Date Published: November 25, 2013
Publisher: Public Library of Science
Author(s): Daniel Ayllón, Graciela G. Nicola, Benigno Elvira, Irene Parra, Ana Almodóvar, David L. Roberts.
Anthropogenic environmental change is causing unprecedented rates of population extirpation and altering the setting of range limits for many species. Significant population declines may occur however before any reduction in range is observed. Determining and modelling the factors driving population size and trends is consequently critical to predict trajectories of change and future extinction risk. We tracked during 12 years 51 populations of a cold-water fish species (brown trout Salmo trutta) living along a temperature gradient at the warmest thermal edge of its range. We developed a carrying capacity model in which maximum population size is limited by physical habitat conditions and regulated through territoriality. We first tested whether population numbers were driven by carrying capacity dynamics and then targeted on establishing (1) the temperature thresholds beyond which population numbers switch from being physical habitat- to temperature-limited; and (2) the rate at which carrying capacity declines with temperature within limiting thermal ranges. Carrying capacity along with emergent density-dependent responses explained up to 76% of spatio-temporal density variability of juveniles and adults but only 50% of young-of-the-year’s. By contrast, young-of-the-year trout were highly sensitive to thermal conditions, their performance declining with temperature at a higher rate than older life stages, and disruptions being triggered at lower temperature thresholds. Results suggest that limiting temperature effects were progressively stronger with increasing anthropogenic disturbance. There was however a critical threshold, matching the incipient thermal limit for survival, beyond which realized density was always below potential numbers irrespective of disturbance intensity. We additionally found a lower threshold, matching the thermal limit for feeding, beyond which even unaltered populations declined. We predict that most of our study populations may become extinct by 2100, depicting the gloomy fate of thermally-sensitive species occurring at thermal range margins under limited potential for adaptation and dispersal.
Natural and anthropogenic disturbances are impacting global ecological systems and causing elevated rates of population extirpation, so that there is increasing concern that the rate of environmental change may exceed the capacity of populations to persist and maintain their range . A population’s extinction risk, persistence time and duration of its final decline to extinction, as well as the probability of evolutionary rescue, strongly depend on initial numbers and population size variability –. In many systems, imminent extinction will be signalled early by a decreasing rate of recovery from small perturbations. This critical slowing down is typically characterized by an increase in variance or autocorrelation of fluctuations of the system as a tipping point is approached –. In highly stochastic systems, critical transitions will on the contrary happen far from local tipping points and an increasing variability will reflect the shift to a contrasting regime . Improving wildlife’s conservation and management requires therefore a deep comprehension of not only spatial patterns in local species abundance but also the way and rate a population’s size changes through time – its trajectory. Since dynamics are driven by the interplay of density-dependent and density-independent aspects of the environment, determining how the strength of density dependence varies with environmental variance remains critical for predicting near-term population trajectories –; the heart of the matter is then, what limits and regulates the size of natural populations in a fluctuating world?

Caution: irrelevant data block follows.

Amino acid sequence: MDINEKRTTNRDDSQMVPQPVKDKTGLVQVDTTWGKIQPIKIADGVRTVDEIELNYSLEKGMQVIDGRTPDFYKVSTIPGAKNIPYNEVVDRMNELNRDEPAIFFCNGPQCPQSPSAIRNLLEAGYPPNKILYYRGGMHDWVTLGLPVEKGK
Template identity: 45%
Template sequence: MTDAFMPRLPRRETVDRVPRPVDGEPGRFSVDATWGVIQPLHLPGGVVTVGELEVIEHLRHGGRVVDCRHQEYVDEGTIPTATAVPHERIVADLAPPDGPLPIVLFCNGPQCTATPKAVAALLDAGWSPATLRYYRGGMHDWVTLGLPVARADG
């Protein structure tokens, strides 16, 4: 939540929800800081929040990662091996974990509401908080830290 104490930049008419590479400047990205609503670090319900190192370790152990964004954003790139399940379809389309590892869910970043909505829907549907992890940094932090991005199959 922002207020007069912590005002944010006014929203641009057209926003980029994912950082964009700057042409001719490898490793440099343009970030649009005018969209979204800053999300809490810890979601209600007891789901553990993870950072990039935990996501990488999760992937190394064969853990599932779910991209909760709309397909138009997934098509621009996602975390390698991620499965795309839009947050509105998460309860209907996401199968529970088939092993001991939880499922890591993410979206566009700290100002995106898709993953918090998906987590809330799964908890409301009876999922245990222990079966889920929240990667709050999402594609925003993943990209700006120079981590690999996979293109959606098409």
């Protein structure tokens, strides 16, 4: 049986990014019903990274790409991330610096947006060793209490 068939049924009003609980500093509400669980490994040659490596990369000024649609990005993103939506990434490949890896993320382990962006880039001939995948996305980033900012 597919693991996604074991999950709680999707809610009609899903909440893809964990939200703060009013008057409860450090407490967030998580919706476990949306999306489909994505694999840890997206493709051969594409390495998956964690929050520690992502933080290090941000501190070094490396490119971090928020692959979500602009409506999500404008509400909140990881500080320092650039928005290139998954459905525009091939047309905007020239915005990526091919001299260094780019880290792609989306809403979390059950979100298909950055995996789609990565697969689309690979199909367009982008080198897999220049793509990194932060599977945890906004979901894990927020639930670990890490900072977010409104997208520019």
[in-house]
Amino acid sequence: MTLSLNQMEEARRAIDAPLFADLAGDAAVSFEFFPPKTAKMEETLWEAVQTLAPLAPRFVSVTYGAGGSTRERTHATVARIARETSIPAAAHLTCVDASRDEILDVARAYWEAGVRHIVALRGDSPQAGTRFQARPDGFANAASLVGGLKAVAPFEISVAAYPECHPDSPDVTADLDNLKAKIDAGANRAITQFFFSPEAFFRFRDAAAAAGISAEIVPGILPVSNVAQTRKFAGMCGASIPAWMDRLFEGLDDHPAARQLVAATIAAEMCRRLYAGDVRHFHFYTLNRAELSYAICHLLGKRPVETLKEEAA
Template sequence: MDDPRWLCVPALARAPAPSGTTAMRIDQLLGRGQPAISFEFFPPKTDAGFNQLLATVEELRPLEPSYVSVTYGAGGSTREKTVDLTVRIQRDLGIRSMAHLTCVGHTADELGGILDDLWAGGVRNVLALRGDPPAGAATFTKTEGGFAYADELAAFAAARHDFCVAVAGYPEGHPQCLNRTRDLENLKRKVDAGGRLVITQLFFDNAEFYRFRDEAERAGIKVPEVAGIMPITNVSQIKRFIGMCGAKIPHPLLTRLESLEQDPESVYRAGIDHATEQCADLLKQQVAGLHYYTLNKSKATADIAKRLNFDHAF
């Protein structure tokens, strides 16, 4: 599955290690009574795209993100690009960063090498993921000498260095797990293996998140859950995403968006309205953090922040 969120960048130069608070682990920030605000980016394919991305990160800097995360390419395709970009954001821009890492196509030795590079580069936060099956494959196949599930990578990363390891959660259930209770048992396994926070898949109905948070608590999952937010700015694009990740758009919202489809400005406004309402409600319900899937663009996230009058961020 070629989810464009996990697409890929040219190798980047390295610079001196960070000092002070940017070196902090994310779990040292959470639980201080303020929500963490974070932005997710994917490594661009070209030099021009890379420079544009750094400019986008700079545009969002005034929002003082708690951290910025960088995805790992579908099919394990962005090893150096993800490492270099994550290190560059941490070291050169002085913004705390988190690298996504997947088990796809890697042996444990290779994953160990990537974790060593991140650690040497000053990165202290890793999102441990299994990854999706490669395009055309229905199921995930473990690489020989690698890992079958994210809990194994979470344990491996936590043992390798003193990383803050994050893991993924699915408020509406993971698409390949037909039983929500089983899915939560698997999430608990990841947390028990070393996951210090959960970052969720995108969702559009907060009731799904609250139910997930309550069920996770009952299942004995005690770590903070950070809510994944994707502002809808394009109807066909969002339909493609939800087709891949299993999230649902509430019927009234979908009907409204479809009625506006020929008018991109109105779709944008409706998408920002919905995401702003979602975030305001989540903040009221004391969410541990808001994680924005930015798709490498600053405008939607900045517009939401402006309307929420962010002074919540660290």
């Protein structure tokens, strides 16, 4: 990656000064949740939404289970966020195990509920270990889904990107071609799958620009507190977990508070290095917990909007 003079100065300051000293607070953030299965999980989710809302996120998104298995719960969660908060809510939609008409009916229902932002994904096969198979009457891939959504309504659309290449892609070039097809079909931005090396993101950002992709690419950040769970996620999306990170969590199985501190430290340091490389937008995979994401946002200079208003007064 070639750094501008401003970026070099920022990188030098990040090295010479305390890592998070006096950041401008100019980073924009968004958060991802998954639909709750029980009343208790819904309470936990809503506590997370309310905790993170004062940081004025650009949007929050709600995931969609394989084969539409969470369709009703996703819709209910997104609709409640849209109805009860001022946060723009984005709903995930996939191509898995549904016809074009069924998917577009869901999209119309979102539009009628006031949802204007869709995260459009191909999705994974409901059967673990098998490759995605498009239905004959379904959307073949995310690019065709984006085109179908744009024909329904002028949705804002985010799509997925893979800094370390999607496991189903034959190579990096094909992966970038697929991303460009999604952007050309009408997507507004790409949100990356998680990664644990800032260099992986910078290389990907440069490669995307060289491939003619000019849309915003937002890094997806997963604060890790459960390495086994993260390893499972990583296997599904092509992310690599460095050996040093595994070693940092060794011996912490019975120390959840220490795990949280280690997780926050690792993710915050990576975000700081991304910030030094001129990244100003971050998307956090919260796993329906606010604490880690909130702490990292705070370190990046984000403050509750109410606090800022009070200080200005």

Recent human-induced species’ extinction rates are overwhelmingly greater than at any other time in human history  and number of species at the verge of imminent extinction is also increasing at an unparalleled speed ; meanwhile, current rates of population extirpation are at least three orders of magnitude higher than species extinction rates . This latter is made evident by the fact that species are shifting their ranges two or three times faster than previously reported , especially freshwater fish, which may be responding to global warming at higher rates than terrestrial organism . However, significant population declines of species of high conservation concern may occur before any reduction in range is observed, so that determining and modelling the factors driving population size and trends is crucial to predict their future extinction risk . In our study, distribution and dynamics of carrying capacity along with emergent density-dependent responses explained up to 76% of spatio-temporal density variability of juvenile and adult brown trout, but only 50% of YOY’s. By contrast, YOY trout were highly sensitive to thermal conditions, their performance declining with increasing temperature at a higher rate than older life stages, and disruptions being triggered at lower temperature thresholds.